The conman, after all, the deceivers, the religious manipulators, the politicians, the swindlers of every level and degree, are willing and able to see a truth one of us has blinded himself to. By seeing what we hide form ourselves, and gaining access to it, he becomes invisible himself when he slips on the mask of the taboo topic. Self-deception, as I've often said, is the root of all error, the greatest bungling a man or woman can do, but perhaps necessary, for a time, when our constitution and cognitive powers cannot face a reality. How often we are blinded from one truth by staring fixedly at another. Aren't the greatest liars not those who lie, but who speak the wrong truth?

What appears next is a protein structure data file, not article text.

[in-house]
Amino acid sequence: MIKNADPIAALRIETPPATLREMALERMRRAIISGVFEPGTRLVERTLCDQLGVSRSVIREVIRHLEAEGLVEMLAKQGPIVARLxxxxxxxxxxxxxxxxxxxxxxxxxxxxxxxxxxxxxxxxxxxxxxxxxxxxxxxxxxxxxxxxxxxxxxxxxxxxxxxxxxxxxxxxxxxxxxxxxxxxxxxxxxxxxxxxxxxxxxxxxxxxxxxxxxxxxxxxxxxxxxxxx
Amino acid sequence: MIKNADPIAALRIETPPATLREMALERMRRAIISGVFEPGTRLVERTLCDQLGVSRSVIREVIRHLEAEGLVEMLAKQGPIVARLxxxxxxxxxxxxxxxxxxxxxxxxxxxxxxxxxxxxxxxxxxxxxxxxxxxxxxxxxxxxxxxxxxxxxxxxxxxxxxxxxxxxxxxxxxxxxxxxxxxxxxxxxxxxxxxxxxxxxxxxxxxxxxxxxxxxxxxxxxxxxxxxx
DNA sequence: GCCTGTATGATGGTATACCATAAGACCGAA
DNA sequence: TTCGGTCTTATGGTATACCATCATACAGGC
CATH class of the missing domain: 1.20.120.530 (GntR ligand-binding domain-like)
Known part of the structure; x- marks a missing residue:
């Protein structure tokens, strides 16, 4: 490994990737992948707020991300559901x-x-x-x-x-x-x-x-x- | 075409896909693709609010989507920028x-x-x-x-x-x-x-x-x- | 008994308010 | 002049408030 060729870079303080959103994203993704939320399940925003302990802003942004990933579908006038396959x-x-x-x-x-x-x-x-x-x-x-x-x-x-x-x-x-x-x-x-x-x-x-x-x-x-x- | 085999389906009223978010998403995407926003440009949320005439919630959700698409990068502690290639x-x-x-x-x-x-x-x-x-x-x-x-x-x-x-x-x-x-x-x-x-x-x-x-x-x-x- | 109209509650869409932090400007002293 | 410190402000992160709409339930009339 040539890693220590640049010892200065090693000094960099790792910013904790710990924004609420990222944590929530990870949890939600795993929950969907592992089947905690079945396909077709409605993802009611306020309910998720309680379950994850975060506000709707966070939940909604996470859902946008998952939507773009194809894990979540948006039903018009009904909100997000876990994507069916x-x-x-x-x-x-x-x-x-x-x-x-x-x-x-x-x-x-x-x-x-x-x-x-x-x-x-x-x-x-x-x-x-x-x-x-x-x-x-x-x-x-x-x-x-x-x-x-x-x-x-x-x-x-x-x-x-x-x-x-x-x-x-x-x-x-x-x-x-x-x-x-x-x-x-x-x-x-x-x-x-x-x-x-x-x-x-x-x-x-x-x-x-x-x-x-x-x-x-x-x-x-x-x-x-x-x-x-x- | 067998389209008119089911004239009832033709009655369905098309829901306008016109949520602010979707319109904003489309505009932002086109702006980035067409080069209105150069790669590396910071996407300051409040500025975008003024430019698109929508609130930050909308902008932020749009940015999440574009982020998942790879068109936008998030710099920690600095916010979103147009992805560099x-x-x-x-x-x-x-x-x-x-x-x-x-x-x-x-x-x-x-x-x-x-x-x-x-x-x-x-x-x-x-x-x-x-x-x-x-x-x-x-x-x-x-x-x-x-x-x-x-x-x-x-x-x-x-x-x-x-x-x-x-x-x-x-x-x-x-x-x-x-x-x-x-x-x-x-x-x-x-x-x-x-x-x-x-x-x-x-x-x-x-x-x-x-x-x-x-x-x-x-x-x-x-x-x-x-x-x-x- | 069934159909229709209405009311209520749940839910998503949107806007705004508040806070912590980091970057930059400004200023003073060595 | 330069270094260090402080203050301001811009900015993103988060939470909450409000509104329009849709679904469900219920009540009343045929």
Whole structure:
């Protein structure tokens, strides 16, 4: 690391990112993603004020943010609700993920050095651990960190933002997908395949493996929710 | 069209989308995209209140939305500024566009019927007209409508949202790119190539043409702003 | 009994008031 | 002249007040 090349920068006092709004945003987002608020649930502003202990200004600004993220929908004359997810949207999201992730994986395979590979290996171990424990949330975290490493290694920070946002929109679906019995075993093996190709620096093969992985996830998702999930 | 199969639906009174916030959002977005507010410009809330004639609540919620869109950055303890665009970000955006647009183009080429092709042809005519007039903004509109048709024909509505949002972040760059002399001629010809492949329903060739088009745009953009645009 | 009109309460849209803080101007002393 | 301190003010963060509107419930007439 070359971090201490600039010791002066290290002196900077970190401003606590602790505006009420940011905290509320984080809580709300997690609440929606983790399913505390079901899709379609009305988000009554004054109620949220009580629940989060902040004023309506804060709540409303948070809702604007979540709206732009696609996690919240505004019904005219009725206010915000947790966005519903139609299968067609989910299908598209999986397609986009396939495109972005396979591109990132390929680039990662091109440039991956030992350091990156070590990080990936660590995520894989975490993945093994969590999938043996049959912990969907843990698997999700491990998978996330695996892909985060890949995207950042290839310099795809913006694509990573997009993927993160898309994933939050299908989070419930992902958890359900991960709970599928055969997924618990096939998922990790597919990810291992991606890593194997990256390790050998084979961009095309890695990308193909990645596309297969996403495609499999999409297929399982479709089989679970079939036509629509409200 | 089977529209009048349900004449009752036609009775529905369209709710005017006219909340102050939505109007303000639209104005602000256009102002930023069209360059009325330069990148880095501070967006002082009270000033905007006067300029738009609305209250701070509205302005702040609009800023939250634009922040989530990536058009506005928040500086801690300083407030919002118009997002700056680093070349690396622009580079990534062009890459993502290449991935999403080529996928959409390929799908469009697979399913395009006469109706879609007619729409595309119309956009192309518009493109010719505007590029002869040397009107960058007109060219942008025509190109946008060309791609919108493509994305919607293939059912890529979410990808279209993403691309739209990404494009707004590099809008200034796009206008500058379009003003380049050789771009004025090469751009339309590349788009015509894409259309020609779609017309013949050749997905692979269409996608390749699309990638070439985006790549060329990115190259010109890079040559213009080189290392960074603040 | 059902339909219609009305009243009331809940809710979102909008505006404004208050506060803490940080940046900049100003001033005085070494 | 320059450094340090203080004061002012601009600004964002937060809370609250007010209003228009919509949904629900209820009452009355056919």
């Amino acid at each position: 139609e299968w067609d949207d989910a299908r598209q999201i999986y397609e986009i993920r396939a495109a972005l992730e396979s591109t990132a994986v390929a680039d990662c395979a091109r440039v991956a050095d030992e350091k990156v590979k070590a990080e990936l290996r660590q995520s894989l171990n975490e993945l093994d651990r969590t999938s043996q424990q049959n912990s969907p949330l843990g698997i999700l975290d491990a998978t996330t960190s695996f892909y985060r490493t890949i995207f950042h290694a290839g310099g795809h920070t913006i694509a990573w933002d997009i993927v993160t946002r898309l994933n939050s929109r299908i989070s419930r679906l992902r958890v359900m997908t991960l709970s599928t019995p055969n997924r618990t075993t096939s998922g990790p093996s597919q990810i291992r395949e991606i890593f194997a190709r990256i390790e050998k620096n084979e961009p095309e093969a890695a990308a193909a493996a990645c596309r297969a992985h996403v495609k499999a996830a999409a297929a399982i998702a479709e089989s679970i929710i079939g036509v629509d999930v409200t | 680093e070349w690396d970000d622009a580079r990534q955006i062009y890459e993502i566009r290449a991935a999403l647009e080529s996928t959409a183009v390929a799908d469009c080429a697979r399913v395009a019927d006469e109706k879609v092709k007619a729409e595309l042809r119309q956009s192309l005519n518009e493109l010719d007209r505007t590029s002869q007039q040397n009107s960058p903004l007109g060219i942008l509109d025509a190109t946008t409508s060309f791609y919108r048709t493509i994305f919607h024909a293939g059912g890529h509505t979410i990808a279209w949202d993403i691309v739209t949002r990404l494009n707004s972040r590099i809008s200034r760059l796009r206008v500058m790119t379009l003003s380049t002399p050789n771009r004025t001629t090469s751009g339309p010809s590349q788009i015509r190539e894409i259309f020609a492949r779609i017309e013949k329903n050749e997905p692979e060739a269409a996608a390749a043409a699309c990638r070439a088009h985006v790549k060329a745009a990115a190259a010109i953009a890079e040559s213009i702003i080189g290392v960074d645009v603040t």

These layers of experience we are embedded in, the thick world of heavens and hells, plots and dramas that are in the very air around us, render life infinitely interesting, a book never to be exhausted, each of us a self-reading book, an author of life, and presents to us a universe open and inviting for our growth and creative enlightenment through the game of life.



Life becomes first beautiful then eternal


No comments: